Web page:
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A Demographic Perspective on Gender, Family and Health in Europe

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Palabras clave – provistas por la editorial

family; relationships; health, parenthood

Institución detectada Año de publicación Navegá Descargá Solicitá
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Springer Nature

País de edición

Reino Unido

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Jordi Gumà; Gabriele Doblhammer

Family has been shown to be one of the most relevant socio-demographic factors in understanding health differences among individuals in Western countries.

Pp. 1-7

Summary and Research Implications

Gabriele Doblhammer; Jordi Gumà

Despite considerable changes in family forms during the past decades, the influence of family on health is strong and persistent. All over Europe the elderly still live in more traditional family forms related to marriage and their family biographies are closely tied to the civil status of their partnership.

Pp. 9-19

Families and Health: A Review

Karsten Hank; Anja Steinbach

This review of research on the role of family relations in shaping individuals’ health (and vice versa) conceptualizes health as a multidimensional outcome with objective and subjective components. The family-health nexus is considered from the adult’s perspective (focusing on partnership and parenthood) as well as from the child’s perspective (focusing on the consequences of parental separation and divorce). We also review findings from research addressing the association of childhood circumstances and intergenerational relations with health. While our primary interest is on universal relationships between individuals’ family circumstances and different health outcomes, we particularly seek to include current European evidence. The evidence reviewed here suggests that family matters greatly—and in various ways—for individuals’ health across the entire life-course: from early childhood, through adulthood, to very old-age. We conclude with a brief outlook on directions for future research.

Part I - Keynote Chapters | Pp. 23-39

The New Roles of Men and Women and Implications for Families and Societies

Livia Sz. Oláh; Irena E. Kotowska; Rudolf Richter

This keynote chapter presents main research findings on new gender roles and their implications for families and societies. It first depicts the development of family forms in Europe over the past fifty years, with a focus on increasingly diverse family biographies and the changes in the roles of women and men. It highlights that changes in women’s role have been more comprehensive, whereas in most countries the transformation of the male role has barely started. Next, views in contemporary scholarship on the interplay between the increasing family complexity and gender role changes are addressed. A detailed discussion of new challenges of transitions in and organization of family life follows, with a focus on four main topics: women’s new role and the implications for family dynamics, the gendered transition to parenthood, new gender roles in doing families, and coping strategies in family and work reconciliation under conditions of uncertainty and precariousness and impacts on fertility. A brief conclusion ends this chapter.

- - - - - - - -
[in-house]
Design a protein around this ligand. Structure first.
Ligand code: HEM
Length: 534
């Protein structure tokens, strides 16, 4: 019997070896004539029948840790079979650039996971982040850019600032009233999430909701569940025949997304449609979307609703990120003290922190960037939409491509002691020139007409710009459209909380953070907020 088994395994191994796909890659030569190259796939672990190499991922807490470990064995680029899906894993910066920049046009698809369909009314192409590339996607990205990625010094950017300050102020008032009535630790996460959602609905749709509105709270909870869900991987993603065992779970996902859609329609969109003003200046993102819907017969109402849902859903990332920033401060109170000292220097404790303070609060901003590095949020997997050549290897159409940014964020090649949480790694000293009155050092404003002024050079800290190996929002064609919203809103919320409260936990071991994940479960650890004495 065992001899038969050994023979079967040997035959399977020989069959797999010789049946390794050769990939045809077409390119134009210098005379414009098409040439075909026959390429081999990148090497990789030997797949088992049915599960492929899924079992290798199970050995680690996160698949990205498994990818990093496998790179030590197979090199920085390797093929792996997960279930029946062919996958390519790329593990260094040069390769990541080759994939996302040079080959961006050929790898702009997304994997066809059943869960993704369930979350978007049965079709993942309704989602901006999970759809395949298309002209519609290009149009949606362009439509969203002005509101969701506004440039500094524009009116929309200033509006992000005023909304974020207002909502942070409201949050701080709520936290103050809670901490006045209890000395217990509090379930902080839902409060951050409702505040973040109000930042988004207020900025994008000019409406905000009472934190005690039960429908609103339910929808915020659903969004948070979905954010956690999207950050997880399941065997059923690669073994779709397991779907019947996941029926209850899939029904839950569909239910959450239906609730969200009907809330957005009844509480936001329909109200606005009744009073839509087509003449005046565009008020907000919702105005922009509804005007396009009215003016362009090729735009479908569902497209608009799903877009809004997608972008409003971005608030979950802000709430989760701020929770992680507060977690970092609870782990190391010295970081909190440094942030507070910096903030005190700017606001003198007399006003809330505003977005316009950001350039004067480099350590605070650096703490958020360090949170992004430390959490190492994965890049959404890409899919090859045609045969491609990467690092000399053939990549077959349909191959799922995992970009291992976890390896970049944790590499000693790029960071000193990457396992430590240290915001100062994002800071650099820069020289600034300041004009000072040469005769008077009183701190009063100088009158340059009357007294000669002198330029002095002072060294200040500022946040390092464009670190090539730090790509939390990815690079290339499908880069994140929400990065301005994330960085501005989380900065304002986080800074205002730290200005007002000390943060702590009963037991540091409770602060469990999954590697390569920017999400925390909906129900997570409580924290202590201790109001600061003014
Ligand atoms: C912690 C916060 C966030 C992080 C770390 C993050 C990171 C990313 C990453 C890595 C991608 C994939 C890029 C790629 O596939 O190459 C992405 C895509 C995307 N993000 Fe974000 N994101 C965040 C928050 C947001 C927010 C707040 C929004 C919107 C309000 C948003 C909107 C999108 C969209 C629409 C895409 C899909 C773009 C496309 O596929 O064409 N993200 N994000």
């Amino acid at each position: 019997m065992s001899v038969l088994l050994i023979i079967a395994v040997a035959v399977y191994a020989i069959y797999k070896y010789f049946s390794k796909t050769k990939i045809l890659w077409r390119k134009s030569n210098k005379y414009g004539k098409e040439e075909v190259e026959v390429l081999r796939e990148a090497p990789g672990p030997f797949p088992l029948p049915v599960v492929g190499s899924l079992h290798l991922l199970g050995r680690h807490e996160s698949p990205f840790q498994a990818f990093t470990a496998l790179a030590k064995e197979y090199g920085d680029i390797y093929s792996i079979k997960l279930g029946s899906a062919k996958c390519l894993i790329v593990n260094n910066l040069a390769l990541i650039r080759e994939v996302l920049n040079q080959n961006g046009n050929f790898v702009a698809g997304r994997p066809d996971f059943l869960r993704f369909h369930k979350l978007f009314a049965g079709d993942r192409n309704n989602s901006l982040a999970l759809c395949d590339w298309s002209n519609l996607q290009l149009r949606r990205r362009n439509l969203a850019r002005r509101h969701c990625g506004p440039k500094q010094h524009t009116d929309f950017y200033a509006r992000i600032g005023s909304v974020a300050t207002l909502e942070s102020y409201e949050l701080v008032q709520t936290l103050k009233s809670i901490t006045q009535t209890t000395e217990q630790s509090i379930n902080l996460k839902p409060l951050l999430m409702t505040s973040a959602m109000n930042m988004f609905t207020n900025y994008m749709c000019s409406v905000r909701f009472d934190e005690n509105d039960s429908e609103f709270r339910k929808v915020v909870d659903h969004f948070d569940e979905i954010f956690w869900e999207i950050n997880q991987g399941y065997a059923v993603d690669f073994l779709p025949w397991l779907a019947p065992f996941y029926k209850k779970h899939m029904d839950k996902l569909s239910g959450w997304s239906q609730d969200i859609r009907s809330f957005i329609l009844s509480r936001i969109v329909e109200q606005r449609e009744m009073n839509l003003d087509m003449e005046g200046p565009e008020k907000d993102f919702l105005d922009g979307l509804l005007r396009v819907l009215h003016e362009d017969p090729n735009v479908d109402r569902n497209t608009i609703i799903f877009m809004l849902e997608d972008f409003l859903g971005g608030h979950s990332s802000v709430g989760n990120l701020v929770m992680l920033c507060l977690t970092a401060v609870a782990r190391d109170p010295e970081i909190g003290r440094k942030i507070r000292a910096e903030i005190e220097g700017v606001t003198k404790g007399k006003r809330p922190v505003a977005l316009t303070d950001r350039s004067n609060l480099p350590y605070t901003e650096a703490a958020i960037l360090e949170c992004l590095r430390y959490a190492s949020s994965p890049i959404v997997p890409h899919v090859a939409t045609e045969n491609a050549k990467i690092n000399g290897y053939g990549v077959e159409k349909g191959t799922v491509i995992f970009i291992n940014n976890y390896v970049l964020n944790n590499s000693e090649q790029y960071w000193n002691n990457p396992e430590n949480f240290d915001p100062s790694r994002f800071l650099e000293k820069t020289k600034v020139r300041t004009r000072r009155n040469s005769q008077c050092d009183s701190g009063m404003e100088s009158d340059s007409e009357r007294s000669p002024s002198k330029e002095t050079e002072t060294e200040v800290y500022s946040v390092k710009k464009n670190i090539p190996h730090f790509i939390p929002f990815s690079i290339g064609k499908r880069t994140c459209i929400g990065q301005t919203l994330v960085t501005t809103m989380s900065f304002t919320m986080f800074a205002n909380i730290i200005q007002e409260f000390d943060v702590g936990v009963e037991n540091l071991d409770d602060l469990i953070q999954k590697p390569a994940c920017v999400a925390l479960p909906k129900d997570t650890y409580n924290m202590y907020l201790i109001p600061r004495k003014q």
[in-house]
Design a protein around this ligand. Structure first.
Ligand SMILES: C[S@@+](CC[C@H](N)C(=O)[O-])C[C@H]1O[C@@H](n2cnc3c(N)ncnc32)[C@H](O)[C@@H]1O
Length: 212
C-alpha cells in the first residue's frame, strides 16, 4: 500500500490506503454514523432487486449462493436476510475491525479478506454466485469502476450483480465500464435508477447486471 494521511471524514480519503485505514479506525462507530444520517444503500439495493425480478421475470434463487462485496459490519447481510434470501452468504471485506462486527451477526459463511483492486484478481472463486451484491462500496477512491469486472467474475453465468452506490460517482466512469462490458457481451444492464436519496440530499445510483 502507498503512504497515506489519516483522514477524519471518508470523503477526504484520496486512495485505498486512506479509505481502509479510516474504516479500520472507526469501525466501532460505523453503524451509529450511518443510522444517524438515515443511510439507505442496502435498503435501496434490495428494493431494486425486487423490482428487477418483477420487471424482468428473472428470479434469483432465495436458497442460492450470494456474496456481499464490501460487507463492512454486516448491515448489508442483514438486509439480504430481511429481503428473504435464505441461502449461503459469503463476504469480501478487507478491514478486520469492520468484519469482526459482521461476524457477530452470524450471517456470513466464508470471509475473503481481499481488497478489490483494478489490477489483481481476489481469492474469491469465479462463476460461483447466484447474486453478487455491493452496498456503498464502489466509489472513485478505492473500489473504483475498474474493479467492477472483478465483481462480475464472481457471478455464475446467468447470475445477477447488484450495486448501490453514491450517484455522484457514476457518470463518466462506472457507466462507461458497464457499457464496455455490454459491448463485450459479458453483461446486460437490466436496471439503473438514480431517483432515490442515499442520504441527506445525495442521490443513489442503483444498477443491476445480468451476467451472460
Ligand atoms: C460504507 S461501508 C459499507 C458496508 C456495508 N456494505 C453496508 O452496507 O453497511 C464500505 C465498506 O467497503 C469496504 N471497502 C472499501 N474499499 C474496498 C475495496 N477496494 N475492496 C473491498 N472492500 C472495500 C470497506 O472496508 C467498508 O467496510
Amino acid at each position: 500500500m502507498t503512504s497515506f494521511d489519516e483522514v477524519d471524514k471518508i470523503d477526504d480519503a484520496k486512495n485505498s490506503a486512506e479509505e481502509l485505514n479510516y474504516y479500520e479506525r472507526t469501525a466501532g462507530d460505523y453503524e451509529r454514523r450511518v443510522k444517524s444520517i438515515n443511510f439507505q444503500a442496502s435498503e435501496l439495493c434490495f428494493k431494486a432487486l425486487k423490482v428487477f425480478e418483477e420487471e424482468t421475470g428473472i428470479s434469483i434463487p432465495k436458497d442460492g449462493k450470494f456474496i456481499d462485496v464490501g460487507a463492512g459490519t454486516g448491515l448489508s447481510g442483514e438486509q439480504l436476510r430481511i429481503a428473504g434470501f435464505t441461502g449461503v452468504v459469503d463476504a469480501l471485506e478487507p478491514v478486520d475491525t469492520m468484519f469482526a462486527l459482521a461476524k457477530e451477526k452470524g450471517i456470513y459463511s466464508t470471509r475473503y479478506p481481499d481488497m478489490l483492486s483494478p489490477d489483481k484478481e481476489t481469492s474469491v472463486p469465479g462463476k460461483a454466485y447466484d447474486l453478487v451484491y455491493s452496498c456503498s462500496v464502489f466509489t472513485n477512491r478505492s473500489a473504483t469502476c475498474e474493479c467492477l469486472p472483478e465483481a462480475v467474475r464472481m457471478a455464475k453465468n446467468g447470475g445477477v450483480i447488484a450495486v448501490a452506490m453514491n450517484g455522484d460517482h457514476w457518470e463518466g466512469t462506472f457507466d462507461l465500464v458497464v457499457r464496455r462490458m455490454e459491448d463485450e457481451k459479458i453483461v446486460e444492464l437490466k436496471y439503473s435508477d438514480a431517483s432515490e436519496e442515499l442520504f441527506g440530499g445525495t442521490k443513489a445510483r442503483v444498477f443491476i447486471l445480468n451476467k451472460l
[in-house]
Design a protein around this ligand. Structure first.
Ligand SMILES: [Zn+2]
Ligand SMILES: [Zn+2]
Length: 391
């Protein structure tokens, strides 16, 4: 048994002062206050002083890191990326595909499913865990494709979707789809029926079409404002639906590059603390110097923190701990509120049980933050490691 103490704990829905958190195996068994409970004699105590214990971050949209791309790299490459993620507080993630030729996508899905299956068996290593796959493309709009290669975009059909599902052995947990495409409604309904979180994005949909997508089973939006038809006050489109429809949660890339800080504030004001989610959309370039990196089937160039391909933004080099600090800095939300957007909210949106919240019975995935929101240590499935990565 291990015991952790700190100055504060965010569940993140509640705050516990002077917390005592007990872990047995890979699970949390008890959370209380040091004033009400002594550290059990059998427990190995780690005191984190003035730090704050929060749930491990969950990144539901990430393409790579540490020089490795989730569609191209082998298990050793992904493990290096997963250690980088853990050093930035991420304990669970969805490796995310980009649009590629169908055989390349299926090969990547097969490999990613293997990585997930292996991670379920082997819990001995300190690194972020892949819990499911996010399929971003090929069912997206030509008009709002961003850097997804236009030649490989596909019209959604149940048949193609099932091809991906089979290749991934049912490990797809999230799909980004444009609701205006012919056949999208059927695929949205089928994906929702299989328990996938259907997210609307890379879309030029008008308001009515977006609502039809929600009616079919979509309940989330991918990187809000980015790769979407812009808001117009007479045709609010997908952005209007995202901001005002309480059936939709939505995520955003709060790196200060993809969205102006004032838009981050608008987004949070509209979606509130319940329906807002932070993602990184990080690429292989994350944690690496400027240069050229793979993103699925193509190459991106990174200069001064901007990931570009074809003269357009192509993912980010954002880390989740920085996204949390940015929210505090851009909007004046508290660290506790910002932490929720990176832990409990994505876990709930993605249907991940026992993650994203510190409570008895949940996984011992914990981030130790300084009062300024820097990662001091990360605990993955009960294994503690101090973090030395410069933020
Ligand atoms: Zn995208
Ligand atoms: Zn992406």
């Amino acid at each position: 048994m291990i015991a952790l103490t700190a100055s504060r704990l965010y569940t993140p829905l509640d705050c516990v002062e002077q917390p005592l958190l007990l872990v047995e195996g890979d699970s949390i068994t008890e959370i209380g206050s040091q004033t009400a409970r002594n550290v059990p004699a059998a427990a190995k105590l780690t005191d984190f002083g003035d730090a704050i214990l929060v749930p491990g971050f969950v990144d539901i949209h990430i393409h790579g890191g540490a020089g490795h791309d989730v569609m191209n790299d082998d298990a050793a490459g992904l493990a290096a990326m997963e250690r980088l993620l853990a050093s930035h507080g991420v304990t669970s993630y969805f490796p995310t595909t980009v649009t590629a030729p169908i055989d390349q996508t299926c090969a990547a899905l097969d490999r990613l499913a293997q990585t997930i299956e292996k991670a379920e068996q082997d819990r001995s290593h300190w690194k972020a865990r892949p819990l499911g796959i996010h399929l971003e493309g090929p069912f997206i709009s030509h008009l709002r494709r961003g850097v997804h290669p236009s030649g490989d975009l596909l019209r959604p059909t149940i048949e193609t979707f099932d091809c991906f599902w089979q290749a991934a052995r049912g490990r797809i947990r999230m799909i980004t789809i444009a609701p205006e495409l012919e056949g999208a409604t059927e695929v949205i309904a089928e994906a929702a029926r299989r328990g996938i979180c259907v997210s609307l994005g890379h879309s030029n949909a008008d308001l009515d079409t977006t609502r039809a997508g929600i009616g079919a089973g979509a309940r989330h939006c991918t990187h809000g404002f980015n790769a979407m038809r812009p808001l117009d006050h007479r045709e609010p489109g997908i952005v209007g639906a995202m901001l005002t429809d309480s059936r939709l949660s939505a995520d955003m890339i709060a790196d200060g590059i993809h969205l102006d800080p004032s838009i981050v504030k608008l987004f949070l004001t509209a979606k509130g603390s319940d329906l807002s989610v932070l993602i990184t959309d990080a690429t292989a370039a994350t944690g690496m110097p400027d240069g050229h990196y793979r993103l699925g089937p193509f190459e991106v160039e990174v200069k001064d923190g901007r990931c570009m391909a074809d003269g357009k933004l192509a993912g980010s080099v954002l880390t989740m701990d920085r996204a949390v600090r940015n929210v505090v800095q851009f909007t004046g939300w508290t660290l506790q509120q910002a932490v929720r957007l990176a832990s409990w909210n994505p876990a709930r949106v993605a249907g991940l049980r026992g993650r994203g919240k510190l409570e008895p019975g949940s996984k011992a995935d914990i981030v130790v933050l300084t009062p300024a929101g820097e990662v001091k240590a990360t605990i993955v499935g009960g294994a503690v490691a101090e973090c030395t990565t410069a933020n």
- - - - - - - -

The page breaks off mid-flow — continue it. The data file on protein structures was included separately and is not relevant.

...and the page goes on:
Part I - Keynote Chapters | Pp. 41-64

Sex Differences in Health and Survival

Anna Oksuzyan; Jordi Gumà; Gabriele Doblhammer

This keynote chapter provides an overview of research into the relationship between health and gender/sex. Since health has multiple dimensions, several measures are needed to capture variations by gender and the use of multiple measures can help us better understand the underlying explanations for gender differences. Although life expectancy and mortality are the most extreme measures of health, relative to most other health metrics they are more amenable to accurate measurement, and are more comparable across countries and over time. We start with a review of the existing literature on sex differences in survival followed by a review of the empirical evidence on gender differences in objective and subjective health. Data on objective health are collected through physical performance tests or cognitive tests, or are based on medical diagnoses that are either recoded in administrative databases or collected through self-reports of diagnoses made by physicians. Subjective health measures strongly depend on individual perceptions that can be modified by contextual factors (socioeconomic, cultural, gender roles, etc.) and awareness of objective health status. We focus on three main subjective health indicators: self-perceived health, functional status, and health-related quality of life (HRQOL). These indicators have become core components of epidemiological, social, and economic research. Later in this chapter, we review the most frequently cited explanations for gender differences in health and mortality, grouping them into the following categories: biological (genetic and hormonal), lifestyle factors (tobacco and alcohol consumption, diet, and physical activity), and social profiles (education and employment). Finally, we conclude by providing possible directions for future research in this area.

Part I - Keynote Chapters | Pp. 65-100

Gender Differences in the Relationship Between Household Position and Health in Twelve European Countries: Are They Associated with the Value Climate?

Gabriele Doblhammer; Jordi Gumà

This study extends the institutionalization hypothesis which proposes that in societies with a more flexible value climate, well-being is less influenced by living in a non-traditional family form. Using data from the EU-SILC 2012 about self-rated health at ages 30–59 we explore twelve European countries representing different welfare state regimes. We characterize household arrangements by an individual’s position within the household which is defined by whether the person shares a household with a partner, children, or another person outside the family nucleus. In addition, we distinguish whether partners live in a consensual union or in a marriage. We test whether self-rated health is associated with the frequency of a certain household arrangement in a given country and hypothesize that higher frequencies of non-traditional household arrangements should go hand in hand with better health.